Choosing to leave the family home full of memories is probably the hardest decision, followed by what to let go. Challenging as they are, decisions such as these are further steps to maturity in ageing. Best to look at the limited time left to live to decide to take only what will be needed in the next stage.

Having a funeral photo taken early, while we still look presentable, leaves a more positive image of our life.

Lessons still to be learned

Not all families negotiate the challenges of ageing parents well. Busy, important, powerful adult offspring have shown to be cursory, terse and impatient in dealing with parents. They become impatient with the technology competence gap and slower pace of decision-making and moving that inconveniences their very important schedule.

Rushed decisions may be as minor as impromptu visits, changes to arrangements, demands for money, or exclusions from family events. Invariably elderly will need time to absorb the requests and fashion a response. Needing time does not mean elderly are stupid (although that is a possibility), as is often implied. Gracious silence does not mean approval of hustling.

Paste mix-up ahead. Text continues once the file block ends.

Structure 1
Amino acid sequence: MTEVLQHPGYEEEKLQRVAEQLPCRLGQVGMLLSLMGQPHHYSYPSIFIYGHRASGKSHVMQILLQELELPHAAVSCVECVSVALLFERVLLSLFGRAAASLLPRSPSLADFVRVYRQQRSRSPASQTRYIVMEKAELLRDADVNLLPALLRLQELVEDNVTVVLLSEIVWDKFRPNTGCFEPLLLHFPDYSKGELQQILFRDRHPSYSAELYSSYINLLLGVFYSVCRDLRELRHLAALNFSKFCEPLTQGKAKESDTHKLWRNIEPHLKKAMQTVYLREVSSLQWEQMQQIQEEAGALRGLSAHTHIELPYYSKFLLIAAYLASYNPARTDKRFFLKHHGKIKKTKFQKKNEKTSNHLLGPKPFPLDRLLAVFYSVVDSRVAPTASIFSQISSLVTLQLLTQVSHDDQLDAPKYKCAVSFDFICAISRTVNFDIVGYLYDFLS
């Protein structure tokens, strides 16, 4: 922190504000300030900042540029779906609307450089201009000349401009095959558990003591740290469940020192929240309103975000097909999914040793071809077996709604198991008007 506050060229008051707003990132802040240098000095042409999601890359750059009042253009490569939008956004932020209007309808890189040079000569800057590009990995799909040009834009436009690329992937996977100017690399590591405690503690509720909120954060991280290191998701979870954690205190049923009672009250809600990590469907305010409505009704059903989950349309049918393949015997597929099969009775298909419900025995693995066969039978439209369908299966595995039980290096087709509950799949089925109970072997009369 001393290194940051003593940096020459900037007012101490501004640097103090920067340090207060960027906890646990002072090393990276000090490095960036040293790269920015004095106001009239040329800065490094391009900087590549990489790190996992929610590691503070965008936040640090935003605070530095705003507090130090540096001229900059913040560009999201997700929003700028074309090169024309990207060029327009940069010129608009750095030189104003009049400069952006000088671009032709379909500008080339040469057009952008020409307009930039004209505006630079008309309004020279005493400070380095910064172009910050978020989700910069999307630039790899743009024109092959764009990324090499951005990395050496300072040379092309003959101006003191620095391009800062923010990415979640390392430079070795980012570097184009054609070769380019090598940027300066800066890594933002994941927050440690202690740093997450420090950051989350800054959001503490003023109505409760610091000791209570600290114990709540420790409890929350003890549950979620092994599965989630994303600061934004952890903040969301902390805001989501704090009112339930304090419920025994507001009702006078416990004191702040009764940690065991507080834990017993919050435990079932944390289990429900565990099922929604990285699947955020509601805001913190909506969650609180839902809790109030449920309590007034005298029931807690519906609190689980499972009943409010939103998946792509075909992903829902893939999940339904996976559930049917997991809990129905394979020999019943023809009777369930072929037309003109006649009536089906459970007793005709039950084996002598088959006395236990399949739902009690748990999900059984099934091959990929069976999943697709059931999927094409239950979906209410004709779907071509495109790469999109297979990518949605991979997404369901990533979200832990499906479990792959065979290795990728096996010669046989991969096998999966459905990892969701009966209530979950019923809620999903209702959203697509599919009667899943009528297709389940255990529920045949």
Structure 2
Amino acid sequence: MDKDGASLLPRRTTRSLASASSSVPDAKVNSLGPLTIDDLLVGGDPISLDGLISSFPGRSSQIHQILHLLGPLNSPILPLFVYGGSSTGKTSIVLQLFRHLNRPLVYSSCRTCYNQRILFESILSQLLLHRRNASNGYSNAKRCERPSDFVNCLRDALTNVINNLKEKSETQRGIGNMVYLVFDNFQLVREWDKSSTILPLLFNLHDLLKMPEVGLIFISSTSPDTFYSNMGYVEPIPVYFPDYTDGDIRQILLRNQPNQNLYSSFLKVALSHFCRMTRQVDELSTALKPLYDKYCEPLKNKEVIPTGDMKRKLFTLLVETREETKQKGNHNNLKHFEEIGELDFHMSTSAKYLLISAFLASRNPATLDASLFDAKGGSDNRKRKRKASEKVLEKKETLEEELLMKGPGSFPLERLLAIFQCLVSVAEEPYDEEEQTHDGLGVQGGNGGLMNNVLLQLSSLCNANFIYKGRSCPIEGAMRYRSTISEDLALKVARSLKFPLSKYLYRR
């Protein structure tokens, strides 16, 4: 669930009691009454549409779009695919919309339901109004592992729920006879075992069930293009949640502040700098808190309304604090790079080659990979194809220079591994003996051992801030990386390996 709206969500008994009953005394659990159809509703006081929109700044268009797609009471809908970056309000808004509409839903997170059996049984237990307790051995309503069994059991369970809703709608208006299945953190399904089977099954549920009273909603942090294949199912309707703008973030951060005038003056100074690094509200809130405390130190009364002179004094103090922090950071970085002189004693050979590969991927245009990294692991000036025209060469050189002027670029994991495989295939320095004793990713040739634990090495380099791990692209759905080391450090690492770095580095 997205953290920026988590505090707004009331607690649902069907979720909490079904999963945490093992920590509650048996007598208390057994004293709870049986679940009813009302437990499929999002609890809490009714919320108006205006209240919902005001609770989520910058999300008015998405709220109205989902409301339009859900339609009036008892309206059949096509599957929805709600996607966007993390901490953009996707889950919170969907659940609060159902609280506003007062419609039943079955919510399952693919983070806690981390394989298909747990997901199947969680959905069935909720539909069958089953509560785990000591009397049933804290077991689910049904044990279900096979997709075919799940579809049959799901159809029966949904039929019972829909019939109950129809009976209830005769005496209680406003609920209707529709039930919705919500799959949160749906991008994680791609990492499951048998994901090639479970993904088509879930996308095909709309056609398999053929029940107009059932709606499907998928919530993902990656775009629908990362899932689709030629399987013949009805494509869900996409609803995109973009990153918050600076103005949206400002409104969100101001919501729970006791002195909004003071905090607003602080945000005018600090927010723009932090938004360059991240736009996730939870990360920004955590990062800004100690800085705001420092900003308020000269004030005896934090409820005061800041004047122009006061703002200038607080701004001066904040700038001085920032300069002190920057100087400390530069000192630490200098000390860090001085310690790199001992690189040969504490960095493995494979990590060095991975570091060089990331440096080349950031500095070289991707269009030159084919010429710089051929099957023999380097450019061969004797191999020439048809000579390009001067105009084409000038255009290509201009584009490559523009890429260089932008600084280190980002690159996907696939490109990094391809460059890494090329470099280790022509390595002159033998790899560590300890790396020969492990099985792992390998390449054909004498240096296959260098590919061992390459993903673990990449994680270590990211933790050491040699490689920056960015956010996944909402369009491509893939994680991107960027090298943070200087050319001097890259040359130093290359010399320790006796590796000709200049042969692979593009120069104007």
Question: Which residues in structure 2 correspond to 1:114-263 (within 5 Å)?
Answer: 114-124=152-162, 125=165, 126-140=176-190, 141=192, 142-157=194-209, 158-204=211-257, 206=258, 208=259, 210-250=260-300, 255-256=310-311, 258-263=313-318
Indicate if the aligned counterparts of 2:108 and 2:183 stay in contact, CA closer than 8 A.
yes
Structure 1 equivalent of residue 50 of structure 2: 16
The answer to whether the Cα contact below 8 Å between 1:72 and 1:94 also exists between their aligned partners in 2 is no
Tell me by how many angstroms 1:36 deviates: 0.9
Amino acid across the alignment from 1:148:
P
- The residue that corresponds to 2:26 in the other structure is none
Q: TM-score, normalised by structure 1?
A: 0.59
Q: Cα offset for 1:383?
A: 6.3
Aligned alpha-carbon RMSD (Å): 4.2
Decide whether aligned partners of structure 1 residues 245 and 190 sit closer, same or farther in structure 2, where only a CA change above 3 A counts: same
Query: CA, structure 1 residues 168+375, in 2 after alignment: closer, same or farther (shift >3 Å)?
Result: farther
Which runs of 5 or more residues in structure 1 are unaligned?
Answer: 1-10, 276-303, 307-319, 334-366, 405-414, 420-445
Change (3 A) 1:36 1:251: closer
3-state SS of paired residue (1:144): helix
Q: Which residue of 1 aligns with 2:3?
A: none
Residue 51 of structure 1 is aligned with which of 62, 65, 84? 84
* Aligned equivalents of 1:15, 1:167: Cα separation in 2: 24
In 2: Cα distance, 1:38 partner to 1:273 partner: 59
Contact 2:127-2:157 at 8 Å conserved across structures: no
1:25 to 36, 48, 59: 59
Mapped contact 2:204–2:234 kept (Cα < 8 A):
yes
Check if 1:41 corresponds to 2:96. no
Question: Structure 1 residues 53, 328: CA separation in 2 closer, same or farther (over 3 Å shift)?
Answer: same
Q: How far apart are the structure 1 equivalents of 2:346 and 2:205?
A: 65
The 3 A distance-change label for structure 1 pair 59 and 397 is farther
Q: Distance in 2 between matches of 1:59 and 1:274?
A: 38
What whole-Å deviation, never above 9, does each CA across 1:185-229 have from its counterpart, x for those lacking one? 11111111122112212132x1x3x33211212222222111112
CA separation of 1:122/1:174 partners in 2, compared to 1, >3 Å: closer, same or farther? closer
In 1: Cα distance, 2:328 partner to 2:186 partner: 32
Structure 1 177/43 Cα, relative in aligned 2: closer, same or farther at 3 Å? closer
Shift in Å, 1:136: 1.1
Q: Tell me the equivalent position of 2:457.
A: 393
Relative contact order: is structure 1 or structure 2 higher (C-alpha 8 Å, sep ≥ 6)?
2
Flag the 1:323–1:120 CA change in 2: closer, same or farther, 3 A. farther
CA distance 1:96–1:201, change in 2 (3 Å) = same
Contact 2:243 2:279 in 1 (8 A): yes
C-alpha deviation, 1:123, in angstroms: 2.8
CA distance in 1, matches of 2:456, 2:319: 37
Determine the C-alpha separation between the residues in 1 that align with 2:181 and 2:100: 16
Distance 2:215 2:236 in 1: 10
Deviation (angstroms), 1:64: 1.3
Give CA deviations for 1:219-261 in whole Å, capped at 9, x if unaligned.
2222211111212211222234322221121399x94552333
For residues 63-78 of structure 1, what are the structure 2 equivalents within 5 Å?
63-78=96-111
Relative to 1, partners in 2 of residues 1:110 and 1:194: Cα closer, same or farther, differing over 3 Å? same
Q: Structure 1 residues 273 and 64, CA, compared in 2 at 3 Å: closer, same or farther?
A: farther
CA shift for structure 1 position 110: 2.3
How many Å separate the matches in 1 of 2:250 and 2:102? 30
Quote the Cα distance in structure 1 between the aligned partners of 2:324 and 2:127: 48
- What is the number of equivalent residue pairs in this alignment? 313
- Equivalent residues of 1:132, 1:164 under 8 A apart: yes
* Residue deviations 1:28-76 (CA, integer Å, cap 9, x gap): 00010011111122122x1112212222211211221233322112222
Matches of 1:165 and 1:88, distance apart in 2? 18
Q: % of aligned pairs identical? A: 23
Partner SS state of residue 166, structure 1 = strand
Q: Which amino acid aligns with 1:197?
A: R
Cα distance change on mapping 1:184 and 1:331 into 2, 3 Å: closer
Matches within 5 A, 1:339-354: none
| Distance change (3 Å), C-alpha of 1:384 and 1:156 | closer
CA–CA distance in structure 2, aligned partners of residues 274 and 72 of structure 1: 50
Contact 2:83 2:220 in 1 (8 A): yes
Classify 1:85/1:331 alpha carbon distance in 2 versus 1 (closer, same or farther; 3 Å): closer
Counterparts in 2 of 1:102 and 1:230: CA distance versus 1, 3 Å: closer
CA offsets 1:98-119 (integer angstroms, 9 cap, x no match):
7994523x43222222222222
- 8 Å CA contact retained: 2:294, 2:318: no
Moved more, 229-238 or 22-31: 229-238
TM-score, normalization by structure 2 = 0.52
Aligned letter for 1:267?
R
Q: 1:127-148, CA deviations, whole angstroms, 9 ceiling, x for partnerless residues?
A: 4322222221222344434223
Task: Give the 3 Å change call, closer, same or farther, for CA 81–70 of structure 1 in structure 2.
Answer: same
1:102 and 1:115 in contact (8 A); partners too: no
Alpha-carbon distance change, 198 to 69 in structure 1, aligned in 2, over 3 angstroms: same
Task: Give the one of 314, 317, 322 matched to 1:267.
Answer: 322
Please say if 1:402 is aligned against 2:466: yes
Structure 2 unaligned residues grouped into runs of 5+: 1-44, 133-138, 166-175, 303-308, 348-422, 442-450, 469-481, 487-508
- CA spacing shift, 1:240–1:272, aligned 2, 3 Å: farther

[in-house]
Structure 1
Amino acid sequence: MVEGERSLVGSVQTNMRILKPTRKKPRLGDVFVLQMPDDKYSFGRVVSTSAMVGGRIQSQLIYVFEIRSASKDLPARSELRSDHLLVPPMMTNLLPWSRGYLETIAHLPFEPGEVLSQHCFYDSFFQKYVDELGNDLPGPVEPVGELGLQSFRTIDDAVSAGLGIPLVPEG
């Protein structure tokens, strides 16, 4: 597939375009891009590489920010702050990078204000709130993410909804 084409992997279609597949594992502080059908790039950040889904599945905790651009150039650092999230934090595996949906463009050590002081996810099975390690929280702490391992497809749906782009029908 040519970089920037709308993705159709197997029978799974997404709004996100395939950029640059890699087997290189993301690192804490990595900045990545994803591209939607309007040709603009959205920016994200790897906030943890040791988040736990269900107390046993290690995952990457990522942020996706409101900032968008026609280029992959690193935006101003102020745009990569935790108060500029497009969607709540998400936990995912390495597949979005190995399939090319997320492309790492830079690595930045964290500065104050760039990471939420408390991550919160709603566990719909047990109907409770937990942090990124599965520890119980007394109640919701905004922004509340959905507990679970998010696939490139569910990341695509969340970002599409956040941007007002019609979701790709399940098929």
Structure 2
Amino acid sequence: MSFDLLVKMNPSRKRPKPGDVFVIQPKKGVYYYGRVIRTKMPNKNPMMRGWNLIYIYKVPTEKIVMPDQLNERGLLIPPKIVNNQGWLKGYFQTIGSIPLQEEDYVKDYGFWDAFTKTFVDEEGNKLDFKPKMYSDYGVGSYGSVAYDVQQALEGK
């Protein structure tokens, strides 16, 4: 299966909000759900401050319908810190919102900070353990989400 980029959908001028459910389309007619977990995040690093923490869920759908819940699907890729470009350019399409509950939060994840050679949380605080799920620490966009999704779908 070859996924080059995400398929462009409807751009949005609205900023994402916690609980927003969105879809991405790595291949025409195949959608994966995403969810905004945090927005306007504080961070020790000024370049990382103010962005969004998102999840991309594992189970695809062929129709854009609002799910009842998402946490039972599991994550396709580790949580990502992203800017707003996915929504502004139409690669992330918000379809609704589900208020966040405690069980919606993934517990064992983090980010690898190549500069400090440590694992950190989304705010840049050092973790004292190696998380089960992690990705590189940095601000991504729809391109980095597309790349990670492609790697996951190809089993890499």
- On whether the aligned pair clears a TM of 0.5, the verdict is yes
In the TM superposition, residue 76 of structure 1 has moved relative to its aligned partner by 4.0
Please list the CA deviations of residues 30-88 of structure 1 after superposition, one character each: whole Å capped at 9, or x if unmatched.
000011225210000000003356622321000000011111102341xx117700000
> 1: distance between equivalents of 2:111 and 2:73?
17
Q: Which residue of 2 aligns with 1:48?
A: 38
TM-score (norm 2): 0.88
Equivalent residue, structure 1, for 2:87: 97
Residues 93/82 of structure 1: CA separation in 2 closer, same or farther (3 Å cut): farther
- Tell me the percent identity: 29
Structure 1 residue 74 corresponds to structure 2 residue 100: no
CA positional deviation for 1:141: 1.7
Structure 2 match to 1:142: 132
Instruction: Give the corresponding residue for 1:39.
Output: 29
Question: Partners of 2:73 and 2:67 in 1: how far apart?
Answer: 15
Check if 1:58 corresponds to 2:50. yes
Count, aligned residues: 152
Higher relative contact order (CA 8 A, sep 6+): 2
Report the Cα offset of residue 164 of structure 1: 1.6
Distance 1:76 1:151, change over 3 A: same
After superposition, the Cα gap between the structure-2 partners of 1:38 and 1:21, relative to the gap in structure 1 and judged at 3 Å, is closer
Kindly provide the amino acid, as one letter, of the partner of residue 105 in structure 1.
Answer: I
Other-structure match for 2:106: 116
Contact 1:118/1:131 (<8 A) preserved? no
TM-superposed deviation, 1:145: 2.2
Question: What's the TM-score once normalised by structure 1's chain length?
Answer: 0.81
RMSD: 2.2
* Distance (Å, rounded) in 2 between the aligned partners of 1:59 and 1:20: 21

Well-intentioned major life changing decisions like moving interstate or into a nursing home are not matters to be railroaded, though that is known to have happened. Adjustments to up-rooting of living arrangements, especially in inauspicious circumstances, are extremely hard to negotiate late in life. Affected with haste, bullying and inconsideration can mean later years end bitter, resentful and divisive.

Two areas of responsibility are necessary for maintaining civility, even love, during tenuous negotiations towards best end of life outcomes. Firstly, elderly themselves must give full consideration to how they expect to live out later years so they are ready to accept the possible inevitability of being cared for in assisted living. Secondly, responsible adult carers must develop respect and patience, even enjoyment of their parents who are part of their history and have given them life. Merely hastening their passage to be relieved of the burden of care or to reap the assets is a common, yet shameful approach, a poor lesson for those who come after. Powerful adult children will also age.